Review: Paths of Glory (1957)

Paths of Glory (1957)

Directed by: Stanley Kubrick | 88 minutes | drama, war | Actors: Kirk Douglas, Ralph Meeker, Adolphe Menjou, George Macready, Wayne Morris, Richard Anderson, Joe Turkel, Christiane Kubrick, Christiane Kubrick, Jerry Hausner, Peter Capell, Emile Meyer, Bert Freed, Kem Dibbs, Timothy Carey, Fred Bell, John Stein, Harold Benedict

Stanley Kubrick’s ‘Paths of Glory’ is often referred to as the celebrated director’s first true masterpiece. Kubrick’s controversial war film, adapted from Humphrey Cobb’s novel of the same name, focuses mainly on conflict, justice and the brutality of war. But ‘Paths of Glory’ isn’t just a simple anti-war story. This is a film with a clear take: war leads to abuse of power, a submission that wallows in utter absurdity and hypocrisy, and can turn us from average people into terrible monsters if we’re not careful. It’s a core idea that runs through much of Kubrick’s work, from “Dr. Strangelove’ (1964) to ‘Full Metal Jacket’ (1987). However, he has never managed to apply it so effectively and confrontingly as in the masterful ‘Paths of Glory’.

The story is set in 1916. A French regiment is ordered to attack Anthill, a heavily defended German zone. The attack ends in disastrous failure; the French suffer heavy casualties and none of their soldiers manage to reach German territory. General Mireau (George Macready) is furious, partly because of the rejection of his request to use the French troops as cannon fodder. To exonerate himself from guilt, Mireau orders three randomly selected soldiers from the regiment to be tried for cowardice and insubordination. The task of defending the accused is taken on by the idealistic Colonel Dax (Kirk Douglas). Dax does everything in his power to save the three soldiers from certain death.

The French government, of course, was not amused when ‘Paths of Glory’ came out in 1957. There were several reasons for this. In addition to its critical portrayal of military leadership, a war film without a patriotic streak was extremely rare in the 1950s. This was a time when war movies were mostly set in World War II and the main characters were mostly heroic and honorable fighters. Stanley Kubrick quickly became a detested gentleman in France because of his contradictions. But many other countries also saw his film as a threat. In Spain the film was banned from cinemas under Franco’s rule and in Germany the film was withdrawn from the competition at the Berlin festival in order to maintain good relations with France.

Still, the film grew into a renowned classic over the years. It is not difficult to see why the film captures the imagination of many people. Famous are Kubrick’s endless shots through the trenches, which are always in a state of complete chaos. Bullets and grenades are flying around. Earth and grit continually clatter down on the soldiers. Their looks are tired, their postures tense. When ordered to fight, the camera follows them across the endless mud of a bombed-out no-man’s-land, with grenades constantly whizzing over their heads. The scenes of warfare are never long, but they nevertheless leave a lasting impression. Pure, merciless and yet always stylish. They have never been surpassed.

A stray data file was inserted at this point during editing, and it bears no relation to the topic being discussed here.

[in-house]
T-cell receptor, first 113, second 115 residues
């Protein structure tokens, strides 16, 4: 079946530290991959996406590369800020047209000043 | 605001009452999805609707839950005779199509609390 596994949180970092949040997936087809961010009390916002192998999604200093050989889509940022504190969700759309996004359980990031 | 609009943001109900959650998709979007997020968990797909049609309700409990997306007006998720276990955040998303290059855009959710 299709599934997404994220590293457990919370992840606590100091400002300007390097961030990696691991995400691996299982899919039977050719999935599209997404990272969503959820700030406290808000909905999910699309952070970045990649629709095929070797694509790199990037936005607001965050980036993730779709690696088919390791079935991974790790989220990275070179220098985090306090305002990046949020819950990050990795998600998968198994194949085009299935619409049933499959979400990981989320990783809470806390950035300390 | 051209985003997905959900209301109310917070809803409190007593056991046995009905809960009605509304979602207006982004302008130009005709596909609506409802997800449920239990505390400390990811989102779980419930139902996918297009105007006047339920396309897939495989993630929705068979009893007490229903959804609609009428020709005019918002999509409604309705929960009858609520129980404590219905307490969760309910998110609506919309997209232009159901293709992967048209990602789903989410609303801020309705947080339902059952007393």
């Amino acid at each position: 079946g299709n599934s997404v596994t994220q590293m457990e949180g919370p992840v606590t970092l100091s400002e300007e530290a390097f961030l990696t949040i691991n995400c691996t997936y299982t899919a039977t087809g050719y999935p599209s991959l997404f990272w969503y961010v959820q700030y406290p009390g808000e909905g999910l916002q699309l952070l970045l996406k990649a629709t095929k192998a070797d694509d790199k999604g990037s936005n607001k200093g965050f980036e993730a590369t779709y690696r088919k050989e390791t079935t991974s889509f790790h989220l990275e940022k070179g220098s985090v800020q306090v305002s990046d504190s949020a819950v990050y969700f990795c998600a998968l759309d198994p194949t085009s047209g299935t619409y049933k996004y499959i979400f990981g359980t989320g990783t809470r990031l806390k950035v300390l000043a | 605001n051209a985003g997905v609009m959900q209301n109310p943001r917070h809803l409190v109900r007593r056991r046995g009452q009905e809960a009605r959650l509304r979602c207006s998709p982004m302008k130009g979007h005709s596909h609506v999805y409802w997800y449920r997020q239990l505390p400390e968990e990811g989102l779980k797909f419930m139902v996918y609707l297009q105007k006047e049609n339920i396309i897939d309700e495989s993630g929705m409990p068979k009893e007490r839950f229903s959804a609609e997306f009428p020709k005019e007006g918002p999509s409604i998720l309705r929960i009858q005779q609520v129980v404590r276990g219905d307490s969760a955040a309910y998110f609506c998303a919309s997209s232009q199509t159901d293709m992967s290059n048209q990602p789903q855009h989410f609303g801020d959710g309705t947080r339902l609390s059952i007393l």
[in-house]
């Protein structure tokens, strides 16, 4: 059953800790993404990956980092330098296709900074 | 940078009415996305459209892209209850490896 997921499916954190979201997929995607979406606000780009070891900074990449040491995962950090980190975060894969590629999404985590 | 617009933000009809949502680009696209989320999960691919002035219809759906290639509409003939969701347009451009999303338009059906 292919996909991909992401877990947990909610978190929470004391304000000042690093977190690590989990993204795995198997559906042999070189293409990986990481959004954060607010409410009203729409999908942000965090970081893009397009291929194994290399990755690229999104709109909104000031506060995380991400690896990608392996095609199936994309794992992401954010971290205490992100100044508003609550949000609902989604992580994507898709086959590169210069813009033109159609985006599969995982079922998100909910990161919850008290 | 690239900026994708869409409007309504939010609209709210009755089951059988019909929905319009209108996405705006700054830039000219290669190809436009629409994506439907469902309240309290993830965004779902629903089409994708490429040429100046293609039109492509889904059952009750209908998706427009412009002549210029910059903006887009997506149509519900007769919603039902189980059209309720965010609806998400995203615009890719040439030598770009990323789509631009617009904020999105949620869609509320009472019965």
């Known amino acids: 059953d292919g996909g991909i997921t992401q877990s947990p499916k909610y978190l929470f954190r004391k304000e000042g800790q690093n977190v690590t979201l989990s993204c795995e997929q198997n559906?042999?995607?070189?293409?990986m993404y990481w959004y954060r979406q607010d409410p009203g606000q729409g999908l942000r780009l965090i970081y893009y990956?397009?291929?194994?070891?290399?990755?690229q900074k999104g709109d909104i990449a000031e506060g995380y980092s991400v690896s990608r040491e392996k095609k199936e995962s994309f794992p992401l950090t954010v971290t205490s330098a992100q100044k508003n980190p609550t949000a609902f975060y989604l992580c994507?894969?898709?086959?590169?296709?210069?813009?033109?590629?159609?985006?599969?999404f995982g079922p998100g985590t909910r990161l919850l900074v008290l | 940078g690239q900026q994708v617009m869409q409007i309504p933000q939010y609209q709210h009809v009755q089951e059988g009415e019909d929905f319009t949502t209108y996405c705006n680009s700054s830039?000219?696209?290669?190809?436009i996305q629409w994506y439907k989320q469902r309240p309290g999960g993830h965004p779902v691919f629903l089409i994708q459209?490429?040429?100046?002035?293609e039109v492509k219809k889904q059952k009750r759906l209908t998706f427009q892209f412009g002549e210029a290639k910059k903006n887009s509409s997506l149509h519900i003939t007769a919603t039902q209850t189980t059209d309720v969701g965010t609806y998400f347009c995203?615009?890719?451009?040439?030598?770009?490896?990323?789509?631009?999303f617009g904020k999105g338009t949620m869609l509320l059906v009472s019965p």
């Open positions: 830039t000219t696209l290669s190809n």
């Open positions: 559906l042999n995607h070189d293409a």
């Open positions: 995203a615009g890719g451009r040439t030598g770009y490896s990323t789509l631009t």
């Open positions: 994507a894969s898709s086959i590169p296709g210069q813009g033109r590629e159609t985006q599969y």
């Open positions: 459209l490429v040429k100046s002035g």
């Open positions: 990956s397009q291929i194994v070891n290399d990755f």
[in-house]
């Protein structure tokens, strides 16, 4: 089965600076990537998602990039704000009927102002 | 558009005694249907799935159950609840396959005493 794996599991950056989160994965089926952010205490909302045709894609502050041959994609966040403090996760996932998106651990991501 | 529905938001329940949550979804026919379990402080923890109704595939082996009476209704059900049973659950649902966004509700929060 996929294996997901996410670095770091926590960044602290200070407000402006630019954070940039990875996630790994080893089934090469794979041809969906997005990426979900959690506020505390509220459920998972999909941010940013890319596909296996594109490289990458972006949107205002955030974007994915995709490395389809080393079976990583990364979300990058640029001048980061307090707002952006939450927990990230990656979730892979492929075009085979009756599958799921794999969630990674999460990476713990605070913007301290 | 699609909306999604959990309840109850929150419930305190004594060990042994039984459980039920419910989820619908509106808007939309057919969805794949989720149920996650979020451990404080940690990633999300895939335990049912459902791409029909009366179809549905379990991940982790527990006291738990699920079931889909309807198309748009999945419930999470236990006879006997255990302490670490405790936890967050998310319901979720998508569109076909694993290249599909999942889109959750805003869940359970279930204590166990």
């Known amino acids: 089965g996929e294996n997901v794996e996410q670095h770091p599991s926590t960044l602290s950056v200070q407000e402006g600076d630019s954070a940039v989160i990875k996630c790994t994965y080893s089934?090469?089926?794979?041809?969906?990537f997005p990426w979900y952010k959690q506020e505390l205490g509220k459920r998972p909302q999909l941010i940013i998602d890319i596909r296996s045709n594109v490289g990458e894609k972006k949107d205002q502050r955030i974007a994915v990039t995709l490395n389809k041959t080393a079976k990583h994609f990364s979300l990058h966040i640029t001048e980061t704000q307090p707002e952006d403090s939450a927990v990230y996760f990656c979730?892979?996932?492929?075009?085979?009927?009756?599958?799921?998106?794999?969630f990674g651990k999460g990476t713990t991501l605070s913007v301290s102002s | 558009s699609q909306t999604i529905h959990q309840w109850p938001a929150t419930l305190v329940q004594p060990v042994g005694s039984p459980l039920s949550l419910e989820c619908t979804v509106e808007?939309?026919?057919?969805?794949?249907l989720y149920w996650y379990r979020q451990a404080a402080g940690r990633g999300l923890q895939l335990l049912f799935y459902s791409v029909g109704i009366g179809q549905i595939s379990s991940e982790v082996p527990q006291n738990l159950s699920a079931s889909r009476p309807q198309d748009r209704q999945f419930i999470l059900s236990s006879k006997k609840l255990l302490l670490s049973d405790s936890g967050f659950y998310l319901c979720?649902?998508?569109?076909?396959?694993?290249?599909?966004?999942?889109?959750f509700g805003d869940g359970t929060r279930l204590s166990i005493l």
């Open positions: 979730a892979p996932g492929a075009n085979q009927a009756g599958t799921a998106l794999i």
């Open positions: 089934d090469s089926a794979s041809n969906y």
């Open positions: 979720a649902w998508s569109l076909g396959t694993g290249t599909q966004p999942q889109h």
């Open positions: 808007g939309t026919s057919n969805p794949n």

And then there’s Kirk Douglas as Colonel Dax. Douglas, who also acted as a producer on the film, is the beating heart of ‘Paths of Glory’. His character’s attitude is rigid and authoritarian, but don’t let that fool you; he is the only one with a visible conscience in a harsh and inhumane army. Only he is brave enough to stand up to his superiors and expose their wrongdoing. Colonel Dax is not a spotless character, but he is honest, enthusiastic and disinterested. Douglas plays the part with complete conviction. It’s hard not to cheer for his character, and it’s incredibly rewarding when he outsmarts his corrupt superiors. Kubrick originally wanted Gregory Peck in the role of Dax. However, Kirk Douglas makes it impossible to imagine that visually.

There are those who say that Stanley Kubrick struggled with human emotions in his movies. However, nothing could be further from the truth. In the case of ‘Paths of Glory’ one only has to watch the last, and also the best scene of the film. A captured German girl (played by Kubrick’s future wife Susanne Christiane) has to sing a song in a cafe full of drunken soldiers. The soldiers yell at her and bang their beer glasses roughly on the table. Then the girl starts to sing. The noise of the crowd dies away. She sings ‘Der treue Husar’, a well-known German national anthem. The soldiers gradually begin to hum along; they know the song, but not the words. Along with the soldiers, our anger also subsides. What remains is the most beautiful thing a film can bring about: pure and sincere emotion.

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